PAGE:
Life has a way of evening things out.
Internationally acclaimed keyboard virtuoso Keith Emerson passed a year ago. I loved him. He was my hero. When I was young and working for radio rentals delivering TV’s in my little van I used to drive to Fulham and go through the bins of Emerson Lake and Palmer’s recording studio looking for souvenirs. Later when I became famous I met Keith. I was speechless. They say never meet your heroes, however mine was great. He taught me how to be a friend as well as a fan. I travelled the world to see him play. We became palls. He was even best man at a couple of my weddings.
In 1977 I was about to go to Montreal to see them with a 60 piece orchestra in the Olympic stadium. I couldn’t go. I had been offered a TV series. I should have gone. I would never see Keith’s music with an orchestra again for Keith took his life.
No one will really know the reason he did this, although I think Keith believed he had lost his relevance. He had a problem with his right hand. It was getting worse, and suddenly and terrifyingly the world’s greatest rock keyboard player could not play the way he believed he had to. Keith had raised the bar of rock keyboard playing so high it even became out of his reach. He believed that he was unable to deliver what was expected of him, and depression set in.
I work with Veterans, some of them have the same problem, that of losing one’s relevance.
It is a huge smack in the face to realise that you must cease to be who you once were or who you chose to be, and realise that life moves on, and its time to turn the page.
When Simon Weston was injured, his life changed in an instant. He adapted, and now is an inspiration to us all. We must all accept our fate and rejoice in what we once had.
Let’s look at my favourite subject…me!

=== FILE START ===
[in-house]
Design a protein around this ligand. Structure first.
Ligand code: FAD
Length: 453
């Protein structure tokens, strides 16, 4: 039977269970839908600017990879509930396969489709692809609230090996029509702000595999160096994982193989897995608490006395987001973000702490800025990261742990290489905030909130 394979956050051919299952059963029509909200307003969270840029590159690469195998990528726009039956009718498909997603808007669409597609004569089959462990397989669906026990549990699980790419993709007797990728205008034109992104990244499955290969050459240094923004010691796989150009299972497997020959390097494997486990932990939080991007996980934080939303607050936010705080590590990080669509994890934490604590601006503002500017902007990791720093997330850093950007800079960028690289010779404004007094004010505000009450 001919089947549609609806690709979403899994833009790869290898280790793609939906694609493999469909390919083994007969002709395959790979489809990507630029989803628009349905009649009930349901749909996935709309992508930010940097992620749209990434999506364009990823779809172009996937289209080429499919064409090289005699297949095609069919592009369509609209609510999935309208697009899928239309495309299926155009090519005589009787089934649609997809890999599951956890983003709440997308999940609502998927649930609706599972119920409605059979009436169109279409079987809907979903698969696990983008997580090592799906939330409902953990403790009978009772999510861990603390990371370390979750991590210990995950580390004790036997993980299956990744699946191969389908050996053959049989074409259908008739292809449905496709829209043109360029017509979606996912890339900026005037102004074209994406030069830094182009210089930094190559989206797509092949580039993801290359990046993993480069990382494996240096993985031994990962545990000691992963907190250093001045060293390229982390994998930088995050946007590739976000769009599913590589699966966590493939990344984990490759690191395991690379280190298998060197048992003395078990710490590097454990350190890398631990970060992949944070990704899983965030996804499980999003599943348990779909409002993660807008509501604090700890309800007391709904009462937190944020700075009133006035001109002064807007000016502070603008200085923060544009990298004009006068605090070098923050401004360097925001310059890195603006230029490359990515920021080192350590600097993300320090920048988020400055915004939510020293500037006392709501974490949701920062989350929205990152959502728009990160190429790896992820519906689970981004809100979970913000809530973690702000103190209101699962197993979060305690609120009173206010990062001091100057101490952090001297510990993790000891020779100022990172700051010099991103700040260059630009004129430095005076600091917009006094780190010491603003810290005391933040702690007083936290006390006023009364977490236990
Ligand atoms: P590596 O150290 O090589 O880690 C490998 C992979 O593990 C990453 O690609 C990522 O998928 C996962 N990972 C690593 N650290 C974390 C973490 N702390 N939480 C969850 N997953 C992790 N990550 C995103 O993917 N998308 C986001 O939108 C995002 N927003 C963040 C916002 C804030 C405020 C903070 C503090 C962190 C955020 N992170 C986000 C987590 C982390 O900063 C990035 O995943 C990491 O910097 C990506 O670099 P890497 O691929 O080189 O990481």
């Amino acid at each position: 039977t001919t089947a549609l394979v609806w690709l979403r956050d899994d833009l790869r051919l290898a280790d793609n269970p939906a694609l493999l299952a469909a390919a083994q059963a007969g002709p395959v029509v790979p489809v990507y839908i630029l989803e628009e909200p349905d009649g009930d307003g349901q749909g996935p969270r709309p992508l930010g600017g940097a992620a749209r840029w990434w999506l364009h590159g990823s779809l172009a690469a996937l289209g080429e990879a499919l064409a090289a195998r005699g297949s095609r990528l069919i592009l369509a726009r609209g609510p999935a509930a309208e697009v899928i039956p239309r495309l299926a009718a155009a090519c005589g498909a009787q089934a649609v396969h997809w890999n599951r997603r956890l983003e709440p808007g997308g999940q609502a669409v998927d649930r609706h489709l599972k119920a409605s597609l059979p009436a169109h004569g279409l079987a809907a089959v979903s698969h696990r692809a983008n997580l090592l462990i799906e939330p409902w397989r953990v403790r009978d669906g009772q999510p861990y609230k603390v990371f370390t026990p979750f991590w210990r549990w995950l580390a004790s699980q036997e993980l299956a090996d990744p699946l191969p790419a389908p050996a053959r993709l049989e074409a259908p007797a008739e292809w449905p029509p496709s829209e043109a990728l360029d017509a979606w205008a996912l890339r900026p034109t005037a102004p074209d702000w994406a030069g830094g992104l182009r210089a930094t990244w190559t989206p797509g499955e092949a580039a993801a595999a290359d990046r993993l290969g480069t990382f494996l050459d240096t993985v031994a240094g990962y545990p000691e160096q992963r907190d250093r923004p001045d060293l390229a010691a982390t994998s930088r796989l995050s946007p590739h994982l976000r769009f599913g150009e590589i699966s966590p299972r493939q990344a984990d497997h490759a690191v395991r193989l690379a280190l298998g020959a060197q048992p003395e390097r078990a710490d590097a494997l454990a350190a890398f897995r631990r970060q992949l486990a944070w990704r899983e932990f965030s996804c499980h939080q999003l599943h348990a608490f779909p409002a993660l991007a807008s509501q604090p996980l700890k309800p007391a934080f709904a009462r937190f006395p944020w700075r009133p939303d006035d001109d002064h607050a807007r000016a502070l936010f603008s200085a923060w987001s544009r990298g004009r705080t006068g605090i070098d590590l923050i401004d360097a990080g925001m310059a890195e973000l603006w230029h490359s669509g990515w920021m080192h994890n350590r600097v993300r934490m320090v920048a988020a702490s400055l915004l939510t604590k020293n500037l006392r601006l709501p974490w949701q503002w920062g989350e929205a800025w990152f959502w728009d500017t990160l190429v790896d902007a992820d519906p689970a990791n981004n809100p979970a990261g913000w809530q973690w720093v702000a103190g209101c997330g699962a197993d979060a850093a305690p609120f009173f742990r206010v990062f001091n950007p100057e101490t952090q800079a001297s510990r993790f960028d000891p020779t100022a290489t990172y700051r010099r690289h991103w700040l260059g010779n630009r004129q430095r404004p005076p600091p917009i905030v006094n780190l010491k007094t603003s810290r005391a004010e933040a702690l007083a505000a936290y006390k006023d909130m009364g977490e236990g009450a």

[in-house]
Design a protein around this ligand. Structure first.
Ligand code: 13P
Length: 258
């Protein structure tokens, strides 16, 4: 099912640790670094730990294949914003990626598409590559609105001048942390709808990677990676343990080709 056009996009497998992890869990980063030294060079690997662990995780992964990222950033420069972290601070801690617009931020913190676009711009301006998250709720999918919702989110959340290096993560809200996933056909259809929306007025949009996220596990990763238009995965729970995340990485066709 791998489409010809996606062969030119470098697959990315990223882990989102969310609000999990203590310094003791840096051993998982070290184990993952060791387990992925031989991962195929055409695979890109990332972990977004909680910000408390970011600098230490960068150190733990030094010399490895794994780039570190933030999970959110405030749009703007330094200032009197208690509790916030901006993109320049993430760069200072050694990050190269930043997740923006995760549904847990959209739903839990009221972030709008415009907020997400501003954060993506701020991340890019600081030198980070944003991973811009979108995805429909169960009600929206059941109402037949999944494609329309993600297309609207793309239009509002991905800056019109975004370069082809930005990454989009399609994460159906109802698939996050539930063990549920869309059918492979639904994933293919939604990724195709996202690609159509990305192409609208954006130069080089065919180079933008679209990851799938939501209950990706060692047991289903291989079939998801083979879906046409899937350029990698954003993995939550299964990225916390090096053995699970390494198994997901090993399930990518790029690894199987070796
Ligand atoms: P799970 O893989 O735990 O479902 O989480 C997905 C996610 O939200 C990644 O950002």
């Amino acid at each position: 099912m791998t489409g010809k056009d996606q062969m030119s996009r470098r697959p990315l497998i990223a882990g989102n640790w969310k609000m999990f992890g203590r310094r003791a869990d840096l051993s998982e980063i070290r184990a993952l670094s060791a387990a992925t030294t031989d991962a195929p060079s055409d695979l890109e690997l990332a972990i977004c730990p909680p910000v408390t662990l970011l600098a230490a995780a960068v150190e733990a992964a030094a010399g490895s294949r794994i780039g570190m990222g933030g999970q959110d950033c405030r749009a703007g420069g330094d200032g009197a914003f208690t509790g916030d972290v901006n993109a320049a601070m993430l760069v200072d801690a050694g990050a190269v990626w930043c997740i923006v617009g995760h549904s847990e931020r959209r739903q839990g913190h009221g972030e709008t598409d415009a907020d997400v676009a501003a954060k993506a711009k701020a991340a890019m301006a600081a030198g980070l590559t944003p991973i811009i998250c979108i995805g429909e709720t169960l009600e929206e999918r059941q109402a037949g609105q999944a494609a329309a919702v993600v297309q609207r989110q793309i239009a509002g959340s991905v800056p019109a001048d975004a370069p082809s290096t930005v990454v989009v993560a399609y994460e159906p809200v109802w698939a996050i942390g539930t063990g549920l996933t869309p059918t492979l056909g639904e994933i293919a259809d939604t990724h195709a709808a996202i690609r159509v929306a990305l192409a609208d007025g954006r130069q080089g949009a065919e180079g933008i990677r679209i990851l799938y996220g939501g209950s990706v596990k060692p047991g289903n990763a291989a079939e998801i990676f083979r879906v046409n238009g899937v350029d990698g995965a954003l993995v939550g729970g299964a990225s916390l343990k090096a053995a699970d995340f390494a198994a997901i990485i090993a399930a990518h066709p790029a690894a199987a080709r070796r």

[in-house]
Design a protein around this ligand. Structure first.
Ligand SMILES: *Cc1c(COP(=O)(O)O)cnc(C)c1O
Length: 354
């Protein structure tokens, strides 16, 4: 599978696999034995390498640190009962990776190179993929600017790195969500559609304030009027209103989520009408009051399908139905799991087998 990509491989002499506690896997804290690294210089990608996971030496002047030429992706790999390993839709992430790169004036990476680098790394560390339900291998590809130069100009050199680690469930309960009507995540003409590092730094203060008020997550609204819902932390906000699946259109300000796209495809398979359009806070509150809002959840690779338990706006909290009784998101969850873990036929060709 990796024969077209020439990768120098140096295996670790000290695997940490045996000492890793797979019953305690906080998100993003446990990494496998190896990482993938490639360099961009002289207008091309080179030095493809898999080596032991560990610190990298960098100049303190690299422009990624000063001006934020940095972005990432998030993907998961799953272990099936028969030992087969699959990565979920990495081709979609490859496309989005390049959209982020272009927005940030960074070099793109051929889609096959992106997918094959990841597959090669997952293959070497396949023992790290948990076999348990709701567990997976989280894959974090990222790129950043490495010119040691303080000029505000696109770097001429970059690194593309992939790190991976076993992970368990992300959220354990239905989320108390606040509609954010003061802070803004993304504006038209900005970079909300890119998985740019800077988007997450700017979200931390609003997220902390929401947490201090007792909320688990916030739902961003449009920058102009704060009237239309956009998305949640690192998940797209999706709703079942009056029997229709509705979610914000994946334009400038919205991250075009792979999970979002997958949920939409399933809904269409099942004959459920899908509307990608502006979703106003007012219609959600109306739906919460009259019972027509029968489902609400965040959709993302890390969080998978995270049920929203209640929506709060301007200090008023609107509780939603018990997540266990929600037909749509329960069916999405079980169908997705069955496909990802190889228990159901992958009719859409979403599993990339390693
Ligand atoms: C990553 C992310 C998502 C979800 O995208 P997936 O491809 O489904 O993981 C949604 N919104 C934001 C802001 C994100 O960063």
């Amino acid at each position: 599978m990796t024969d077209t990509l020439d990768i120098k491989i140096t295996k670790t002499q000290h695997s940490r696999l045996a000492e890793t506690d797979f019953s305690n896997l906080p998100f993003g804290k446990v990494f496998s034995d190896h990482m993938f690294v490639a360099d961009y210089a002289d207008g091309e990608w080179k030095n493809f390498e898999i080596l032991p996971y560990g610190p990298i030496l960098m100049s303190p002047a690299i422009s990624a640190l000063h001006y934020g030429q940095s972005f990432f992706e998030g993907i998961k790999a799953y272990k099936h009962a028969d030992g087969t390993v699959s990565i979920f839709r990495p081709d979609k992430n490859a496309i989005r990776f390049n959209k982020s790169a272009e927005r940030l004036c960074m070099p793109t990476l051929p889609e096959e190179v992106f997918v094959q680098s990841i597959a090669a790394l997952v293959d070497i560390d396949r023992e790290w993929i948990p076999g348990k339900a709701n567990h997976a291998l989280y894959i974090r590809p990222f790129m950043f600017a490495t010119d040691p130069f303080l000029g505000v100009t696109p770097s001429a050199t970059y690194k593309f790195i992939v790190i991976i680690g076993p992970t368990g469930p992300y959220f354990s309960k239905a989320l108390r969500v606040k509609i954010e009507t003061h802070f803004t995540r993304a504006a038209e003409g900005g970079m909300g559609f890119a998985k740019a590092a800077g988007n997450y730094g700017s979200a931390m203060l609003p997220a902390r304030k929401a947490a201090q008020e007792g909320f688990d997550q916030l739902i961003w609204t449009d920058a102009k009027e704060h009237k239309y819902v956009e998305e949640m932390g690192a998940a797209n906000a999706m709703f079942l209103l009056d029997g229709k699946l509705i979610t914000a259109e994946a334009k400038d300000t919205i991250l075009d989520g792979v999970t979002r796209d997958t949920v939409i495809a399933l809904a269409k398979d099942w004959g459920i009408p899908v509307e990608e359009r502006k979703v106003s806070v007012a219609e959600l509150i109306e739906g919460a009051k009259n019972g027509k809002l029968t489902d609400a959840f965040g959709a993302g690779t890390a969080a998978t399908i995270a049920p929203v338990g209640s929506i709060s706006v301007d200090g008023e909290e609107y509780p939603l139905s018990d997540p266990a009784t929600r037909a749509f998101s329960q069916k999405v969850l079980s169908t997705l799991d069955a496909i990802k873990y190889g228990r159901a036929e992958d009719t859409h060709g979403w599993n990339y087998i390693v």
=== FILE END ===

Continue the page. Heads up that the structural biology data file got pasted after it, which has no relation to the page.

I have been right to the top of my profession, against all odds, some would say. But I’ve always believed that everyone has a shelf life. People say to me “why aint you on the Telly no more?” I tell them that I have done my shift. Some of my colleagues really struggle with not being the star they were. They feel hollow…like Ronin. (did you see the film?) They are without purpose and they watch what they see to be lesser mortals succeeding. It’s rotten, but that’s life, but believe me there is always something round the corner.
In 1976 I failed an audition for Opportunity Knocks, two months later I won New Faces.
After years at Thames television I was sacked. Two months later I was signed by BBC to do Big break and the biggest show of all the Generation Game.
I was arrested by operation yewtree on the way to the Big brother house.
1 year later I won Big brother.
When I was 19 I was going through Keith’s rubbish bins
Then on March the 11th last year I got a phone call from his Girlfriend Mari to tell me Keith was dead. She called me…the kid who was going through the bins.
I never got to Montreal. I never saw the great man’s works orchestrated. But as I said, life has a way of evening things up.
On the 28th of July I am producing a celebration of Keith’s life at the Birmingham symphony Hall. And yes… It will have a Sixty Piece Orchestra.
Keith Emerson a celebaration of life
Birmingham Symphony Hall
Rick Wakeman, Thiery Elise, Racheal Flowers, Marc Bonilla, Noddy’s Puncture
And the Keith Emerson Orchestra conducted by Terje Melkelson
Tickets 01217 803 333 http://bit.ly/2hjjvVz